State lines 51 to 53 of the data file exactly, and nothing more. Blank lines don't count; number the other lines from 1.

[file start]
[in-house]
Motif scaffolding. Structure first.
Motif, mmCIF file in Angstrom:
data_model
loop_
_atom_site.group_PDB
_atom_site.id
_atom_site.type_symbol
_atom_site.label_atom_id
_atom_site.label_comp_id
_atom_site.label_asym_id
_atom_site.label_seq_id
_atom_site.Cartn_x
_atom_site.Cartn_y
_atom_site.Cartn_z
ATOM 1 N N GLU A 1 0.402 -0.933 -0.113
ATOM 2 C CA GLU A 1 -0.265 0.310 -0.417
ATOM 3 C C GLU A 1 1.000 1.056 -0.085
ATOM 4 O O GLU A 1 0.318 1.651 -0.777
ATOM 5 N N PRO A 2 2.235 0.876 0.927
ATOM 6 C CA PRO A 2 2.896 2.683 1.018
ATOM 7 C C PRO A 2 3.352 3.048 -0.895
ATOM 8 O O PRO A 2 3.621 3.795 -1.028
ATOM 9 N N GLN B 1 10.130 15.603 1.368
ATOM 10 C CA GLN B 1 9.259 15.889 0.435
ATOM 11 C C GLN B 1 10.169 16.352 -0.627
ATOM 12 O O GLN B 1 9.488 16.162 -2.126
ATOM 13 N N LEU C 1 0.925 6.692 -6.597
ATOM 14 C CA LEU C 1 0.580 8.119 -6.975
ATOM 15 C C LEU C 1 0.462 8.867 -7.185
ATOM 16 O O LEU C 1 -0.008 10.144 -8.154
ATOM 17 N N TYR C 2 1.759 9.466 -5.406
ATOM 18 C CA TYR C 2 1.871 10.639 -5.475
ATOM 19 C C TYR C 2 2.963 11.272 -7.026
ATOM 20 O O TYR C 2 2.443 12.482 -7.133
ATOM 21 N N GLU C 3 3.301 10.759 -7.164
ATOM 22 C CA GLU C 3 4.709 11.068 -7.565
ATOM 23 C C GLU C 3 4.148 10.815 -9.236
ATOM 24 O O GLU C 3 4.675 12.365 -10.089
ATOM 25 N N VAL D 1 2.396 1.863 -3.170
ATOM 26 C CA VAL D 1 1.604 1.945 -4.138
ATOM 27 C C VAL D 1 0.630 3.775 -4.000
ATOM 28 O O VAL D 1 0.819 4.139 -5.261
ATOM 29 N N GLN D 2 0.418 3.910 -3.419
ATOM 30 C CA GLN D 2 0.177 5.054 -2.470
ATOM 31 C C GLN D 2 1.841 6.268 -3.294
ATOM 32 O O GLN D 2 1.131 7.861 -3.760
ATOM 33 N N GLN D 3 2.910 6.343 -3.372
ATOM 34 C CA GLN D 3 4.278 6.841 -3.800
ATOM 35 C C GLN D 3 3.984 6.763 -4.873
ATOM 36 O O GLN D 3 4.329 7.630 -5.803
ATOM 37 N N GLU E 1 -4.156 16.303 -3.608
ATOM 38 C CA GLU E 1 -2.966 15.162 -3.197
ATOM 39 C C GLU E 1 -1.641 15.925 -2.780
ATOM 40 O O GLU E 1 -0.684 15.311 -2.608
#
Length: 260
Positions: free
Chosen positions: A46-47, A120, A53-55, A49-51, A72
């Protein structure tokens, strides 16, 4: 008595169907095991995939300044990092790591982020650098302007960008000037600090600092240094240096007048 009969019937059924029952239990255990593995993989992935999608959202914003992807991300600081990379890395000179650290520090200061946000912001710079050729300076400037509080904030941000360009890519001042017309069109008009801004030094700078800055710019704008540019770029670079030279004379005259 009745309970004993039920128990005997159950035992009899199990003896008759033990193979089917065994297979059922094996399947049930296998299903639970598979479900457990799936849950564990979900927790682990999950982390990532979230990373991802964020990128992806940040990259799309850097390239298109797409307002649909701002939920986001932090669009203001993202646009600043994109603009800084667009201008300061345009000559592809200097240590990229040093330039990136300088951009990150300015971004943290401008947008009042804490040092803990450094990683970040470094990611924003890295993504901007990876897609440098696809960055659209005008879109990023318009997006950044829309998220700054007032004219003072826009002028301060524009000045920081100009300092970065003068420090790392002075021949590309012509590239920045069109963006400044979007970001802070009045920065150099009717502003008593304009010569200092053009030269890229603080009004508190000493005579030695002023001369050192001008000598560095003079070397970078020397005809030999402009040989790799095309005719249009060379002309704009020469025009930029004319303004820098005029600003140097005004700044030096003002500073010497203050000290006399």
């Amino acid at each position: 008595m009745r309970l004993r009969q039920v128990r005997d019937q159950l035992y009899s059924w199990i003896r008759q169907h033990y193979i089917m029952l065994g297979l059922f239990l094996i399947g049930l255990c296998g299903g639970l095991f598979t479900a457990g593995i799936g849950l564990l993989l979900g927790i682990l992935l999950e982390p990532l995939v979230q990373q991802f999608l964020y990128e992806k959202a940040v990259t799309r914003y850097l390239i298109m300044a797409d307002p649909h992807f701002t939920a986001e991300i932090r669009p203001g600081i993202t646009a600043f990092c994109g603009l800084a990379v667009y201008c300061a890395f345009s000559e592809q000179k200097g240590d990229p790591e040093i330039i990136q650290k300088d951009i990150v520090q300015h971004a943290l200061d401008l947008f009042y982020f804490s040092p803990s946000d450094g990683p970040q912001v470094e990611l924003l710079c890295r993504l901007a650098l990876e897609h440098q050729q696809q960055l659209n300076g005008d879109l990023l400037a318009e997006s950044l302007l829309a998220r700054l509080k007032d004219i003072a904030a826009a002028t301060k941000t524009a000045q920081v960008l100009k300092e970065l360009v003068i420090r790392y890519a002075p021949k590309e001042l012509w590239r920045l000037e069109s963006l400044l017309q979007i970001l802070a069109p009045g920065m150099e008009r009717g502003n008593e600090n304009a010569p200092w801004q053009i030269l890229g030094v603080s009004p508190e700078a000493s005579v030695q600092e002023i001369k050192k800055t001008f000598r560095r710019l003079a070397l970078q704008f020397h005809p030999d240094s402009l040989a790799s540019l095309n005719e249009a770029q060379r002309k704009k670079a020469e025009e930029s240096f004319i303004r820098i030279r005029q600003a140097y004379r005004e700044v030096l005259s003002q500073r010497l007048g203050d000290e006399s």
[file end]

ATOM 36 O O GLN D 3 4.329 7.630 -5.803
ATOM 37 N N GLU E 1 -4.156 16.303 -3.608
ATOM 38 C CA GLU E 1 -2.966 15.162 -3.197